In this regard exciting new electronic systems incorporating sophisticated video cameras and related technology are radically altering the way attorneys present their cases to jurors - and for good reason. Just like everyone else in today's video-oriented world, jurors prefer (indeed, depend) on images - and in particular on TV and film - to remain current regarding what takes place around them. Attorneys who structure their case presentations accordingly enjoy an outsize advantage over trial opponents who rely on more conventional (read: boring) methods to communicate with jurors.
Consider this scenario: one litigator trots out tiresome charts and ho-hum graphs to introduce the product liability case to jurors; the other incorporates stunning animations and evocative videos, along with the latest CD-ROM/laser scanning technology to summon up key evidence on courtroom monitors/screens at the blink of an eye. One drones on pedantically regarding inconsistencies in the opposing case; the other employs dramatic split-screen imagery to contrast video deposition testimony (product development engineer: "we took all necessary steps to ensure our product's safety") with damning documentary evidence (memo from product development engineer: "the recommended safety feature does not fall within budget parameters and therefore will not be included in final design"). There's an unforgettable image the jurors will surely feast on during deliberations!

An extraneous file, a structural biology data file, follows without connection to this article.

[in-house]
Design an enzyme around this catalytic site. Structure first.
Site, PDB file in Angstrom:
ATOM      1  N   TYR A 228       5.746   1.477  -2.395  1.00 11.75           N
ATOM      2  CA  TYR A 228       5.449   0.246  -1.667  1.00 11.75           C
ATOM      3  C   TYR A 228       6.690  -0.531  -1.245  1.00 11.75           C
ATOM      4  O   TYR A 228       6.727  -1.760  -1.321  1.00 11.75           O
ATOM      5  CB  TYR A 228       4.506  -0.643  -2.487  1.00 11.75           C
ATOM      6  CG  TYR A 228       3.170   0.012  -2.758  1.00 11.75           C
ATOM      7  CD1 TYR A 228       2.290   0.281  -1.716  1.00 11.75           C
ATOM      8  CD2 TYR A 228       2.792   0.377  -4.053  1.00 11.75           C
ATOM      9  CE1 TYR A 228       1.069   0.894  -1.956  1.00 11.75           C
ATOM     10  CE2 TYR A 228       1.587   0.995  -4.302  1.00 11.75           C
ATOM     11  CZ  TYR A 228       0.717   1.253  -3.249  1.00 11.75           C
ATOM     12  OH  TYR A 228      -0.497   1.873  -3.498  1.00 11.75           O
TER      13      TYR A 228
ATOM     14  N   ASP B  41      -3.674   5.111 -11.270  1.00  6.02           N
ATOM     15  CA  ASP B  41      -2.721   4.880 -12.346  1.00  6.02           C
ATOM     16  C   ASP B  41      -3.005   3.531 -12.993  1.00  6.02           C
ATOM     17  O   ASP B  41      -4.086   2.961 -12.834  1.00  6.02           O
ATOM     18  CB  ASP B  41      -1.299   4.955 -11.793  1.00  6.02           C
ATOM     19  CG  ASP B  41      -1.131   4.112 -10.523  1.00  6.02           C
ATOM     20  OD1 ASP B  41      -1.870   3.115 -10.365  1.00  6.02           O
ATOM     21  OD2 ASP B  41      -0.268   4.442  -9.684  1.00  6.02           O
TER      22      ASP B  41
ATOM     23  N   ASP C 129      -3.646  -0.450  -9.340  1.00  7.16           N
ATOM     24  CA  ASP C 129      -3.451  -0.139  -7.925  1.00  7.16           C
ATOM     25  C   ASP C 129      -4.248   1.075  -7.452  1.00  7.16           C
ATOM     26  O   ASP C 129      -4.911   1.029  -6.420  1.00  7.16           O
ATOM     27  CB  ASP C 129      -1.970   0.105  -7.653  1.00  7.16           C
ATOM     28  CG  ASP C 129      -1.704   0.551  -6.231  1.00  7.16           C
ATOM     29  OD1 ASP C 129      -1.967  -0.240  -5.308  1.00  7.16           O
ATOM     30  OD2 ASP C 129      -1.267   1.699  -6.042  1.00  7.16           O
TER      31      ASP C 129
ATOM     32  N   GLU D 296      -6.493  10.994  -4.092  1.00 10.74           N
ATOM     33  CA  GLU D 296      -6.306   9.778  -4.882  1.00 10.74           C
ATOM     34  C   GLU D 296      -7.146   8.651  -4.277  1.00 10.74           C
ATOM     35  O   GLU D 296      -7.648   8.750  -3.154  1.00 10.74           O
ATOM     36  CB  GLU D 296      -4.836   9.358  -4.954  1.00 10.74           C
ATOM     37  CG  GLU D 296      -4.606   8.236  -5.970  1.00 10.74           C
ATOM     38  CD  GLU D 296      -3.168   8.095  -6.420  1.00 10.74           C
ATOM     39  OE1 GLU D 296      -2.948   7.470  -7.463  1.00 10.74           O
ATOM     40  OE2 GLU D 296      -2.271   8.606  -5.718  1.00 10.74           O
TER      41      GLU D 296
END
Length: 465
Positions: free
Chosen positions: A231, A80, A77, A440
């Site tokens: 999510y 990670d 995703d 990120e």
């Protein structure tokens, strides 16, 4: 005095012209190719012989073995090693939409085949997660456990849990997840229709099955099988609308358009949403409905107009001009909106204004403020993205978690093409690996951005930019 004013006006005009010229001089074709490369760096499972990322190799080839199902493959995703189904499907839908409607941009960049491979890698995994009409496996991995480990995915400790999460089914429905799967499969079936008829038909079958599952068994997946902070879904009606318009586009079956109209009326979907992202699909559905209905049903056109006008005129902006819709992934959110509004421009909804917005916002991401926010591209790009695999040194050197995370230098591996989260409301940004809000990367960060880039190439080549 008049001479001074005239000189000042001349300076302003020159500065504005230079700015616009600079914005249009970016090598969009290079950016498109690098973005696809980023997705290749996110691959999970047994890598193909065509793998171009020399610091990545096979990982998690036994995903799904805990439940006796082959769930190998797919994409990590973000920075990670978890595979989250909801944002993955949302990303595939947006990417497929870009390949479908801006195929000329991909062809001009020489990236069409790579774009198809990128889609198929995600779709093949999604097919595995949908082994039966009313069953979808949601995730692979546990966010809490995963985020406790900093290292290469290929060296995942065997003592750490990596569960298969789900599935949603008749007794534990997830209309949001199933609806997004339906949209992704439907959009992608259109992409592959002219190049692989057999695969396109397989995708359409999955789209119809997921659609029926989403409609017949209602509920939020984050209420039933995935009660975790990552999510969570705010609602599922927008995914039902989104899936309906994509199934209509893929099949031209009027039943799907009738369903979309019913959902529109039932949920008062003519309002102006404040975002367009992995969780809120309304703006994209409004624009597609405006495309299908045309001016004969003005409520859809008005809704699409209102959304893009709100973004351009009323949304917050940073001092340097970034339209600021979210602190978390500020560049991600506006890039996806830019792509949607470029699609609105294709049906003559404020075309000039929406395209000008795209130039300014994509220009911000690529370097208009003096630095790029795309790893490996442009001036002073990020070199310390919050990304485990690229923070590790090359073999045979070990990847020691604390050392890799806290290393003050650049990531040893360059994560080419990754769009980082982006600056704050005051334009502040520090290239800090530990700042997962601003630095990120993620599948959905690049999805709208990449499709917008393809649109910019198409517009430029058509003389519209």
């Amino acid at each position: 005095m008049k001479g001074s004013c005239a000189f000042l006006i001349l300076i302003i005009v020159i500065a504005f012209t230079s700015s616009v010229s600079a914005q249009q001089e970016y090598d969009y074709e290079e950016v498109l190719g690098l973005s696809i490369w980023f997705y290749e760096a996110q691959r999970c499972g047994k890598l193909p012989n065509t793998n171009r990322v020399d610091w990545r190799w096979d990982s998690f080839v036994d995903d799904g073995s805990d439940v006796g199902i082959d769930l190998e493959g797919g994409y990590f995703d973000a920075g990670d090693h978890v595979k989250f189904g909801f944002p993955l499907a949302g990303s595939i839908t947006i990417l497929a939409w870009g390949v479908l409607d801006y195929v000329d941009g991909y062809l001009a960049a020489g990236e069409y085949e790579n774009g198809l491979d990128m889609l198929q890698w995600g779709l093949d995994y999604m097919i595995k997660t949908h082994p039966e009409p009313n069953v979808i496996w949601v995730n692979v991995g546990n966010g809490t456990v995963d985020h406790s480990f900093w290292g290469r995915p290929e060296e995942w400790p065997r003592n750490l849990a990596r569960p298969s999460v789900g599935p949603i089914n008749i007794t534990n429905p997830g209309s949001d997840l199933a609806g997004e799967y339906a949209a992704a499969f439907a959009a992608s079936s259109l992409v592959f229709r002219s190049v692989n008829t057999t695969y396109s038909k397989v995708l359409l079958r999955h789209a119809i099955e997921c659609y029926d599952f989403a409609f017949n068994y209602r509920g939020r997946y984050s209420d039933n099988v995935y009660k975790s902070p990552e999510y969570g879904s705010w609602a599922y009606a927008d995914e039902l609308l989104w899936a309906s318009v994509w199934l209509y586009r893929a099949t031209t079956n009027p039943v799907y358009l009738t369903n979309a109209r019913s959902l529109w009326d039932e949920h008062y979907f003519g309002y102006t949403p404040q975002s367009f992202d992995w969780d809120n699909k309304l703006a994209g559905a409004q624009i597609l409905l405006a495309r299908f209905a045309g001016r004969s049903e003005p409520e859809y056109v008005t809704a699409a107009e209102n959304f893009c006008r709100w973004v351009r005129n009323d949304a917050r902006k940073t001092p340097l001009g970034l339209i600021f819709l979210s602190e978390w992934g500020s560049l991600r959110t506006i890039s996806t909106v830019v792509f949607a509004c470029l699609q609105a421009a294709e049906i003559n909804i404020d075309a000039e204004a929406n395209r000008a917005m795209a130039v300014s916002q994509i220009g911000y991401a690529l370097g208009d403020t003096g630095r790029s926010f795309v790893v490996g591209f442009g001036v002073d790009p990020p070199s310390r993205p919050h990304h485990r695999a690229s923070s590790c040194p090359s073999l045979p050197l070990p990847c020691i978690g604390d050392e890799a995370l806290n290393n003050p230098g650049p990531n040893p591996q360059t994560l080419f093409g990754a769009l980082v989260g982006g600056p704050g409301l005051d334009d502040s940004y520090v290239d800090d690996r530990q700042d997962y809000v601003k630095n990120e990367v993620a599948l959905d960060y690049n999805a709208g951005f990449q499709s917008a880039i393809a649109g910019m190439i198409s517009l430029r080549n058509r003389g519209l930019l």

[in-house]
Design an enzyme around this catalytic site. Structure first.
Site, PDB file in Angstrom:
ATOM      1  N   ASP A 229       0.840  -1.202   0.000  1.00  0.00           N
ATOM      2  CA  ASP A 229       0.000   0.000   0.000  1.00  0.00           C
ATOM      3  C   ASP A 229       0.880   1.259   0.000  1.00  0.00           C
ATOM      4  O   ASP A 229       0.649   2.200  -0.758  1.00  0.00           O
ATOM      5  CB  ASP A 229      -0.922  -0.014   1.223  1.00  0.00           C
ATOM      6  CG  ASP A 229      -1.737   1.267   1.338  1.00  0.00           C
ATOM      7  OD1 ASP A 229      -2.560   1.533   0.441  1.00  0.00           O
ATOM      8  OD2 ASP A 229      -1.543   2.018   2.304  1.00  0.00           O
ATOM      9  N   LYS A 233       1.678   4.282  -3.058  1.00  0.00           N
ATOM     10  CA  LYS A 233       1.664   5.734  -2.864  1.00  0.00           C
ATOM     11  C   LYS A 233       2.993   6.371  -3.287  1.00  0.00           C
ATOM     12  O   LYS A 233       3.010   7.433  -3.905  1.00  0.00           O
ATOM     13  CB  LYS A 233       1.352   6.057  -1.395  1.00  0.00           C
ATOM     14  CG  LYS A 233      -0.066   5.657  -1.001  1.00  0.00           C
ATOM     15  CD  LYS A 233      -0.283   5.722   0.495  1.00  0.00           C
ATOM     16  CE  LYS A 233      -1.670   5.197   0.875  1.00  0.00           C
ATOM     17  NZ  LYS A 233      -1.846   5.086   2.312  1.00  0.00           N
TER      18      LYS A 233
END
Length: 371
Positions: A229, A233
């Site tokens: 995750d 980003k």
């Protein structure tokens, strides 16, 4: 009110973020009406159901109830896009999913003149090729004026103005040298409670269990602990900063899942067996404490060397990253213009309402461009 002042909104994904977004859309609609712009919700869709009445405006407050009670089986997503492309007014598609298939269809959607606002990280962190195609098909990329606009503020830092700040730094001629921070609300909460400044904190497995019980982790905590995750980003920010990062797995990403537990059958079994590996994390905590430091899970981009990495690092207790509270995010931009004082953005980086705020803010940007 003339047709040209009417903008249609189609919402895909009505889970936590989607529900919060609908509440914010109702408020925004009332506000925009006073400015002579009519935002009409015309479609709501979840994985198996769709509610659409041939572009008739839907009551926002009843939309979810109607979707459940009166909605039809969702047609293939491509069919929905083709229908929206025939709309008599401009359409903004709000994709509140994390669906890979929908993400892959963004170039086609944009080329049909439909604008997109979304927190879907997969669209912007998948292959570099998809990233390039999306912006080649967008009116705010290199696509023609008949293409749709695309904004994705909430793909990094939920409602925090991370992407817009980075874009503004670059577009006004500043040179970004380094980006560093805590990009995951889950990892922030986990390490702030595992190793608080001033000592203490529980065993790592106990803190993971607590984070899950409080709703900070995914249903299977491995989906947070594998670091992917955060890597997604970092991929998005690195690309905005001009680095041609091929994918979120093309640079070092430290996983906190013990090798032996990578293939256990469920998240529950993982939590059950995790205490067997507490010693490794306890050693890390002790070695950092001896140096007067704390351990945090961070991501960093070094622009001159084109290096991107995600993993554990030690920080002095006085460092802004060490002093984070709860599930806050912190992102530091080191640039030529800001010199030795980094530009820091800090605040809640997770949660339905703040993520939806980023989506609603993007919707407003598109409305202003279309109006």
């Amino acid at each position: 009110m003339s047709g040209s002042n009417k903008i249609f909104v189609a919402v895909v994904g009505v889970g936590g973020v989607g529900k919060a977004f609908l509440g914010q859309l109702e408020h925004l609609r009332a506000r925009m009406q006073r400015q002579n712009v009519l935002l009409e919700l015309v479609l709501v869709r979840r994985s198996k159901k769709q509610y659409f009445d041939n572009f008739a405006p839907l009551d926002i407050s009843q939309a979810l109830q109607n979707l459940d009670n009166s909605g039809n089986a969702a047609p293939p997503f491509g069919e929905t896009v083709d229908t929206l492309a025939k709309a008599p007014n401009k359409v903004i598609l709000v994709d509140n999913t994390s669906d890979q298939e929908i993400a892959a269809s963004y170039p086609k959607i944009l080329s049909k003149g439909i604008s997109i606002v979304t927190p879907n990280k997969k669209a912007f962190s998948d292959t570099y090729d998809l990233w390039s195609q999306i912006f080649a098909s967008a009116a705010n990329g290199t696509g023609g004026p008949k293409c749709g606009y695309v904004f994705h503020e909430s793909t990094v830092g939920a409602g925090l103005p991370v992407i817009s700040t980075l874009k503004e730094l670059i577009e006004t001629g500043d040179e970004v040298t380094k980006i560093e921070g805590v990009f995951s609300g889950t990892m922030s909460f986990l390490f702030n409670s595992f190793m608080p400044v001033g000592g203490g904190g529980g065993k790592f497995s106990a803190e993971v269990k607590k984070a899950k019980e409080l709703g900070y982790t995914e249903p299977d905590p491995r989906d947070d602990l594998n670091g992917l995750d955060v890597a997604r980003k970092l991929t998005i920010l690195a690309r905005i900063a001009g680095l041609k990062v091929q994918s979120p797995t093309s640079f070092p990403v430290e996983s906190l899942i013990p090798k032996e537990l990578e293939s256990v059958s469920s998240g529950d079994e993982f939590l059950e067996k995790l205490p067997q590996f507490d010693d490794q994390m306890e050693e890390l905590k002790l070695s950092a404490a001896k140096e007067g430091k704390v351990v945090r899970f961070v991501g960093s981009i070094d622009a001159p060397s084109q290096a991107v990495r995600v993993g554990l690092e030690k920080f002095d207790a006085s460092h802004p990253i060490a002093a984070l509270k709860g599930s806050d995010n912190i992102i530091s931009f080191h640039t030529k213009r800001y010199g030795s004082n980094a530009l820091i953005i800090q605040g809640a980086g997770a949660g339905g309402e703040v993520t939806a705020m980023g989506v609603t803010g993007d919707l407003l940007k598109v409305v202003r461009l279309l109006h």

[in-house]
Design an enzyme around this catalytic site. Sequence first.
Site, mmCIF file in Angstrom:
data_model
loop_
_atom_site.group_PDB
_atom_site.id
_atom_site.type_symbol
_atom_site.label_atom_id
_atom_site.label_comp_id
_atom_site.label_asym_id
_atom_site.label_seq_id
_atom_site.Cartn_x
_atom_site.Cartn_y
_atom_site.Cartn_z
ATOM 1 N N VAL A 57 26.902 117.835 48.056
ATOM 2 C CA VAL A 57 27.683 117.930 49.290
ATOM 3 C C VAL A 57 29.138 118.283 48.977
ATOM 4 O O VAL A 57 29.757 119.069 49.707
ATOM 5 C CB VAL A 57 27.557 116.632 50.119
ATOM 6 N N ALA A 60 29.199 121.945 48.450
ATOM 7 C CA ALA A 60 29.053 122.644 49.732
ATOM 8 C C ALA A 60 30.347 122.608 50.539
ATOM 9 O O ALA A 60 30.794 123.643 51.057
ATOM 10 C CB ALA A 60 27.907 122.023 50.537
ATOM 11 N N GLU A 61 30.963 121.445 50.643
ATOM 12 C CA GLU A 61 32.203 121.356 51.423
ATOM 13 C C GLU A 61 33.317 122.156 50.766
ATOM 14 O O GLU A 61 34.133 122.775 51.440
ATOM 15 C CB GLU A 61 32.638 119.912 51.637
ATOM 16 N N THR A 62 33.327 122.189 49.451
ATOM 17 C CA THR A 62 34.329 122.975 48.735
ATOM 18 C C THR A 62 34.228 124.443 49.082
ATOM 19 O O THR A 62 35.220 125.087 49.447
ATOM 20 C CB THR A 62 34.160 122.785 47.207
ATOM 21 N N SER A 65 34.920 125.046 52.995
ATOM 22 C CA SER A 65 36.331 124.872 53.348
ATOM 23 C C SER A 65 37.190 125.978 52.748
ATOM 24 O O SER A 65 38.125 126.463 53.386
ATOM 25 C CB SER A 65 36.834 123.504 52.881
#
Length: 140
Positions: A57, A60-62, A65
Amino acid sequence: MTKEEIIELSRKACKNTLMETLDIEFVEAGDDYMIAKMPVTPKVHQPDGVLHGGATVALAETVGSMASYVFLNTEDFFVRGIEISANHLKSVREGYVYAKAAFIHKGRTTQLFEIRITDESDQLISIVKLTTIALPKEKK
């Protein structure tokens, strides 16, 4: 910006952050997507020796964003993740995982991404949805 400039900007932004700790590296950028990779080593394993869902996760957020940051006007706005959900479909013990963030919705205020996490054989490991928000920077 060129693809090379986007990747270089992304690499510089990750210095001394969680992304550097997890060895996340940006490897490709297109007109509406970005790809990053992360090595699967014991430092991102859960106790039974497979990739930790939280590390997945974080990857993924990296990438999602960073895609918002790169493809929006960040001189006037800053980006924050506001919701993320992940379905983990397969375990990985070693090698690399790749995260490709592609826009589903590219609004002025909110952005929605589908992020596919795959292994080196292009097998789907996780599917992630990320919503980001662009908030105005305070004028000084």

Today an enormous array of glitzy new high-tech marvels are available to assist the trial attorney: video presenters, computer re-creations, digital animations, "continuous speech" voice-recognition systems, and much more. Litigation research - the scientific discipline devoted to the formal study of jurors and jury decision-making - has also benefited tremendously in recent years from technology development. Astute product liability practitioners should be knowledgeable concerning the latest technological advances in litigation research; and thus be able to specify these helpful new services to optimize their own trial planning and presentation activities. Following are some of litigation research's most intriguing new technological advances.